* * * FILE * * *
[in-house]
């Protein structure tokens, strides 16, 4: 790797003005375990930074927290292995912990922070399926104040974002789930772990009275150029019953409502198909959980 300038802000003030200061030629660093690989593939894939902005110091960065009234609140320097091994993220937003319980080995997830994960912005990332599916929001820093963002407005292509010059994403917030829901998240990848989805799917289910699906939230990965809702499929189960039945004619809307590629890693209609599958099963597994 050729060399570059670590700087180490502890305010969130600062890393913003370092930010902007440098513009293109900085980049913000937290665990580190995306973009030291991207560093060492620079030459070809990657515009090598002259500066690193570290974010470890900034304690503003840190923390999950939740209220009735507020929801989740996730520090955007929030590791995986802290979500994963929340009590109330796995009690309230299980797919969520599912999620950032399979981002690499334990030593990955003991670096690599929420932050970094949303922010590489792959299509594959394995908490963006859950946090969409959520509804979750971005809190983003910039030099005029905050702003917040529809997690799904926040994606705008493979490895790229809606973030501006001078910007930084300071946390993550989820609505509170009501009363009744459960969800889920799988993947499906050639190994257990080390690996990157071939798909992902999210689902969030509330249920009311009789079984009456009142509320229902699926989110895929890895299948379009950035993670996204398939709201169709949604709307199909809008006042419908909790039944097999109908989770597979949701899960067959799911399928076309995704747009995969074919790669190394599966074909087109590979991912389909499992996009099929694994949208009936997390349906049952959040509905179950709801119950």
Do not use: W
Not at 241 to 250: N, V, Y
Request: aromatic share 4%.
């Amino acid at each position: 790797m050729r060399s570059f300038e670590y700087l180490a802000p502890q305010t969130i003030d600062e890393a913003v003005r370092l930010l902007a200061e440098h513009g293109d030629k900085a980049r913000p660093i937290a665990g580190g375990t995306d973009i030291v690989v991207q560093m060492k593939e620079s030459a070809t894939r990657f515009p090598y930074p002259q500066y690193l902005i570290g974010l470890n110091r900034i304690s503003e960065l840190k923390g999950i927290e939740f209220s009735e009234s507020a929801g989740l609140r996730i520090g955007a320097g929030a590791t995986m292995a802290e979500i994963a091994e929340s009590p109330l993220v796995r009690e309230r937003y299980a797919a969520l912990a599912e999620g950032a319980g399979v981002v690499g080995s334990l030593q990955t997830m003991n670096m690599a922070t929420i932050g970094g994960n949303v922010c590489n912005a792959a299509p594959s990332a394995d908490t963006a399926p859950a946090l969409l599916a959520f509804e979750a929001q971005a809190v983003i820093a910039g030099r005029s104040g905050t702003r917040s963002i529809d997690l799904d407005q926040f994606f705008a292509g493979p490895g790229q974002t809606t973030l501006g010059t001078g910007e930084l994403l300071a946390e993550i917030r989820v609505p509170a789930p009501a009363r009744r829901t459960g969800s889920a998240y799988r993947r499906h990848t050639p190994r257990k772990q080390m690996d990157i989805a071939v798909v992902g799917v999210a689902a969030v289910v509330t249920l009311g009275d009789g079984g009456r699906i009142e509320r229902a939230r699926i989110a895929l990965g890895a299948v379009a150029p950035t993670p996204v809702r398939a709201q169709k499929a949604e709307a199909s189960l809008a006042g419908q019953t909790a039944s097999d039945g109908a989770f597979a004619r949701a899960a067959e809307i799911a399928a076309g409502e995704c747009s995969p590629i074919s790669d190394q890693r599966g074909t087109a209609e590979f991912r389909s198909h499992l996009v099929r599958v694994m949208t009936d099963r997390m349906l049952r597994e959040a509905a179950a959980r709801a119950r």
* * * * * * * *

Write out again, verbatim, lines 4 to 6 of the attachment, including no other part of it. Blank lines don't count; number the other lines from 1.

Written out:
Not at 241 to 250: N, V, Y
Request: aromatic share 4%.
């Amino acid at each position: 790797m050729r060399s570059f300038e670590y700087l180490a802000p502890q305010t969130i003030d600062e890393a913003v003005r370092l930010l902007a200061e440098h513009g293109d030629k900085a980049r913000p660093i937290a665990g580190g375990t995306d973009i030291v690989v991207q560093m060492k593939e620079s030459a070809t894939r990657f515009p090598y930074p002259q500066y690193l902005i570290g974010l470890n110091r900034i304690s503003e960065l840190k923390g999950i927290e939740f209220s009735e009234s507020a929801g989740l609140r996730i520090g955007a320097g929030a590791t995986m292995a802290e979500i994963a091994e929340s009590p109330l993220v796995r009690e309230r937003y299980a797919a969520l912990a599912e999620g950032a319980g399979v981002v690499g080995s334990l030593q990955t997830m003991n670096m690599a922070t929420i932050g970094g994960n949303v922010c590489n912005a792959a299509p594959s990332a394995d908490t963006a399926p859950a946090l969409l599916a959520f509804e979750a929001q971005a809190v983003i820093a910039g030099r005029s104040g905050t702003r917040s963002i529809d997690l799904d407005q926040f994606f705008a292509g493979p490895g790229q974002t809606t973030l501006g010059t001078g910007e930084l994403l300071a946390e993550i917030r989820v609505p509170a789930p009501a009363r009744r829901t459960g969800s889920a998240y799988r993947r499906h990848t050639p190994r257990k772990q080390m690996d990157i989805a071939v798909v992902g799917v999210a689902a969030v289910v509330t249920l009311g009275d009789g079984g009456r699906i009142e509320r229902a939230r699926i989110a895929l990965g890895a299948v379009a150029p950035t993670p996204v809702r398939a709201q169709k499929a949604e709307a199909s189960l809008a006042g419908q019953t909790a039944s097999d039945g109908a989770f597979a004619r949701a899960a067959e809307i799911a399928a076309g409502e995704c747009s995969p590629i074919s790669d190394q890693r599966g074909t087109a209609e590979f991912r389909s198909h499992l996009v099929r599958v694994m949208t009936d099963r997390m349906l049952r597994e959040a509905a179950a959980r709801a119950r």